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1971 Opel GT
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Discussion Starter · #1 ·
I have not been able to find information on disassembling a steel vapor canister for a GT. It appears that the end is fastened onto the cylinder with the rolling method used to seal canned food. Also, it appears there are 2 levels of perforated disks that hold the charcoal in place. Has anyone come up with a method to take these apart with the intention of reusing them? I have seen mention of using activated charcoal meant for an aquarium as the medium. Any other ideas? Thanks,
 

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One end pulls out. Use a White 3M Scotch Brite pads cut to size to hold the charcoal pellets in place. 1 piece on the fixed end, charcoal pellets, (can be activated charcoal for aquariums) then 2 Scotch brite pads on the end you pull out. I will see if I have one I can pull apart and take photos. You need a total of 3 round disk cut out which will require 2 White scotch brite pads you can buy in Lowes or Menards in the sandpaper section.
 

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JaysPA, Keith is correct I decided to cut mine apart to see what was inside. Step one was where to cut it. I decided below the vent holes , so it was decided the cut would be at 2".
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I did this by going to the local plumbing shop and they had a pipe cutter. They attached it to the cannister and after a few gentle passes the cannister was cut in 2. NOTE: I made them aware that it would be full of charcoal and to be careful so that it did not explode on them. The plumber had a rag under it just in case.
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At 2" it separated the top and bottom perfectly. There is a divider that you take out of the top and it exposes the top plate with a metal clip
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the other end had a longer stem inside the charcoal.
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I decided I shuold make some new screens for my charcoal so it would stay in. I went to my local dollarama and purchased a frying pan splatter screen. I put the upper divided on the screen and traced it 4 times (2 for top and 2 bottom). Cut the screen with a pair of scissors.
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I purchased my charcoal off amazon.ca. It is a marine charcoal used for fish filters. $18.99 CAN The 10 ounce size was great right
.
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Amazon.ca link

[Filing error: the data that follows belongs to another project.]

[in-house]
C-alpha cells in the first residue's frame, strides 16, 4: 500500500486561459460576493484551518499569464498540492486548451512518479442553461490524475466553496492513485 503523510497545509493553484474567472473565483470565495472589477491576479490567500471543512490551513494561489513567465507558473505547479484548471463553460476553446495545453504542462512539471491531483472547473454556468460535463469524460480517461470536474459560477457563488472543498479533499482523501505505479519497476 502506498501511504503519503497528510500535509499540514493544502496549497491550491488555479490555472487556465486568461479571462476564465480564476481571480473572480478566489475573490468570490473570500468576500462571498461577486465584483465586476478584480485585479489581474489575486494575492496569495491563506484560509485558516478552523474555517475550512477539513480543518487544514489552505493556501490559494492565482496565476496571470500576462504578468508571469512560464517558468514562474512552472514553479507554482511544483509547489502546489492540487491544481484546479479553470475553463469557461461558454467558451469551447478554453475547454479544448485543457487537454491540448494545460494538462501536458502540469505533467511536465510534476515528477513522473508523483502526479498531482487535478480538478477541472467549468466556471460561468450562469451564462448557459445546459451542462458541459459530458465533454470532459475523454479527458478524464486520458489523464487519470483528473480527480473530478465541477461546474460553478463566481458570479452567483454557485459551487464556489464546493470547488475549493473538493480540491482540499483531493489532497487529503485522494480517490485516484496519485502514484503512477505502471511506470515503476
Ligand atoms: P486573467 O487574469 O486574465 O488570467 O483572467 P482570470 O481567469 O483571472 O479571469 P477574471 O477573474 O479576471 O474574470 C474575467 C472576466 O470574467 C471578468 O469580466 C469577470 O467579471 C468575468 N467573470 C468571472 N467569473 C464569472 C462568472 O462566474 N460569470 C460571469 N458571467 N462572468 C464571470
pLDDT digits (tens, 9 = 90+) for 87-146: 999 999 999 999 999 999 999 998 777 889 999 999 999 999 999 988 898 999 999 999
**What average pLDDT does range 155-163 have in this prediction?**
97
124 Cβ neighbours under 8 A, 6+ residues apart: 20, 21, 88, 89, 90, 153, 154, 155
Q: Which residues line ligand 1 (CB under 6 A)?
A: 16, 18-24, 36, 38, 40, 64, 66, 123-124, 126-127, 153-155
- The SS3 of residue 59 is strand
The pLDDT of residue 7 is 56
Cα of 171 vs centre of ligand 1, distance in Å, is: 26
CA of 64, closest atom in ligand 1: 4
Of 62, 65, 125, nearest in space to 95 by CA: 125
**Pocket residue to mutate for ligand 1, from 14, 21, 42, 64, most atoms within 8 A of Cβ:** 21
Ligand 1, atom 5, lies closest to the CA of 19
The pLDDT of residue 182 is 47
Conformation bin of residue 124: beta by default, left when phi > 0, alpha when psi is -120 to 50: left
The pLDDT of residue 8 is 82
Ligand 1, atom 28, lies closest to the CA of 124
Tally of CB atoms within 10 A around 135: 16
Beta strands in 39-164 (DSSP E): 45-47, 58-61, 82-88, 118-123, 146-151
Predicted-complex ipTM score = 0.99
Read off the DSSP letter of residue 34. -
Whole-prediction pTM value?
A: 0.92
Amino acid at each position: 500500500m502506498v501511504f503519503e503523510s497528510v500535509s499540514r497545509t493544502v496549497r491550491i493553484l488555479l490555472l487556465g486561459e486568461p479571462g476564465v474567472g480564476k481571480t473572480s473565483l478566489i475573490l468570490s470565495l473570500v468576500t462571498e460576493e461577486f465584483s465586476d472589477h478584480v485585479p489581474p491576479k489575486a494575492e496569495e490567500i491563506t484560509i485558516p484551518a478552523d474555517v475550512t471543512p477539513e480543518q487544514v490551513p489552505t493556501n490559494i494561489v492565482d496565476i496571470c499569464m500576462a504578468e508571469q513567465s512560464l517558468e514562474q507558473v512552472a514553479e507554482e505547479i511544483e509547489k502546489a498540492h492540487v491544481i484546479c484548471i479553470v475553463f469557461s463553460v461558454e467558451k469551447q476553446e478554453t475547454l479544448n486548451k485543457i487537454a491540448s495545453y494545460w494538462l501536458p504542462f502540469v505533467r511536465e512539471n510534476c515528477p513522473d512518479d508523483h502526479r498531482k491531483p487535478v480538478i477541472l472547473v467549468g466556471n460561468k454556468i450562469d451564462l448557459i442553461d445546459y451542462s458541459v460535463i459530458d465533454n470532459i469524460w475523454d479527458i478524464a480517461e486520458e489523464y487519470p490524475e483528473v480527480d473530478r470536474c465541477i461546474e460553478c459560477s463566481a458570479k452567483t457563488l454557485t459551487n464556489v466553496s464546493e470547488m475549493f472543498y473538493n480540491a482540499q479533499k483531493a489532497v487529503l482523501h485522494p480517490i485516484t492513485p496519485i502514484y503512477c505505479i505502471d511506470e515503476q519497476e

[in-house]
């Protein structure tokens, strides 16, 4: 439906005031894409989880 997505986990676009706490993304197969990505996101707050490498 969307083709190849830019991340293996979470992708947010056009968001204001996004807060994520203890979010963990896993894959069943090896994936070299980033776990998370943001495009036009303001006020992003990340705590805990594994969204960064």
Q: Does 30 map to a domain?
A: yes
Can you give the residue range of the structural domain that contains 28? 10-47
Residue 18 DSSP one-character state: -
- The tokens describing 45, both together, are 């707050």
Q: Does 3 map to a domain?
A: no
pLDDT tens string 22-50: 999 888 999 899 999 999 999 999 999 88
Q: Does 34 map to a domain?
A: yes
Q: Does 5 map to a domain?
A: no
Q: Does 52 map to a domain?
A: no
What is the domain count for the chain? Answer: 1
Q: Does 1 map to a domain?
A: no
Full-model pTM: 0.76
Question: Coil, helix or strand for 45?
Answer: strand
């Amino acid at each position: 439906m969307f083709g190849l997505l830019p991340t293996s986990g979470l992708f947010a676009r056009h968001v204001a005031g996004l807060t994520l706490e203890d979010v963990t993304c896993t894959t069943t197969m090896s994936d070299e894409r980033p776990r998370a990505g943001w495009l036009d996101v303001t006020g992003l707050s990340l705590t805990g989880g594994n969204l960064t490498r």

I placed the filters on either end and filled the bottom up full. Put the top back together and then used a piece of black duct tape to secure the to end together. Then I found a clamp at my local NAPA store which would go around the canister and could be tightened. In the future I can also take the canister part to change the charcoal.
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Once secured, I am using the original canister clip to put it back into the car.

Hope this helps everyone.
 

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Premium Member
1971 Opel GT
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187 Posts
Discussion Starter · #7 ·
I have finished work on my canister. I had a spare which I dissected and made this sketch. At the open end, there is a perforated, domed steel disc which is not removable. I cut the canister open in the area that is covered by the clamp so the seam is hidden. This allows you to remove the old charcoal and the inner perforated disc and attached filter, This will expose a leaf spring which puts pressure on the disc. At the upper end, there is the outlet tube which reaches to the center of the charcoal filled cavity. This has a nylon sock type filter, similar to what would be on a fuel tank supply line. It does not appear to be removable, so since it was intact I kept it. At the top of the inside, there was a thin foam filter attached to another perforated steel disc, which is not removable. There also appeared to be another foam filter in the cavity between this disc and the upper end of the canister. The fumes from the fuel tank and the carb (if used) would enter thru this cavity. Since there were 2 items which are not heat resistant, I gave up on my idea to podwer coat the canister. I also used very fine stainless steel mesh filters to replace the 2 thin foam filters. I used activated charcoal for fish tank filters which was formed in small cylinders rather than the crushed charcoal as original. I used a strip of steel from the donor canister as a weld backup on the seam when I tack welded the canister halves back together. This will strengthen the area where the clamp tends to crush the cylinder. I used Rustoleum Hammered silver paint.
 

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I have not been able to find information on disassembling a steel vapor canister for a GT. It appears that the end is fastened onto the cylinder with the rolling method used to seal canned food. Also, it appears there are 2 levels of perforated disks that hold the charcoal in place. Has anyone come up with a method to take these apart with the intention of reusing them? I have seen mention of using activated charcoal meant for an aquarium as the medium. Any other ideas? Thanks,
You may consider using an aftermarket charcoal filter such as this one: Vapor Trapper - Fuel Tank Vent Line Charcoal Vapor Filter

I've used it on several custom vehicles that wreaked of gasoline. After installing this, zero smell of gasoline. You can replace the charcoal medium anytime you desire which is a plus. The filter itself is very high-quality from what I can tell, highly recommend.
 
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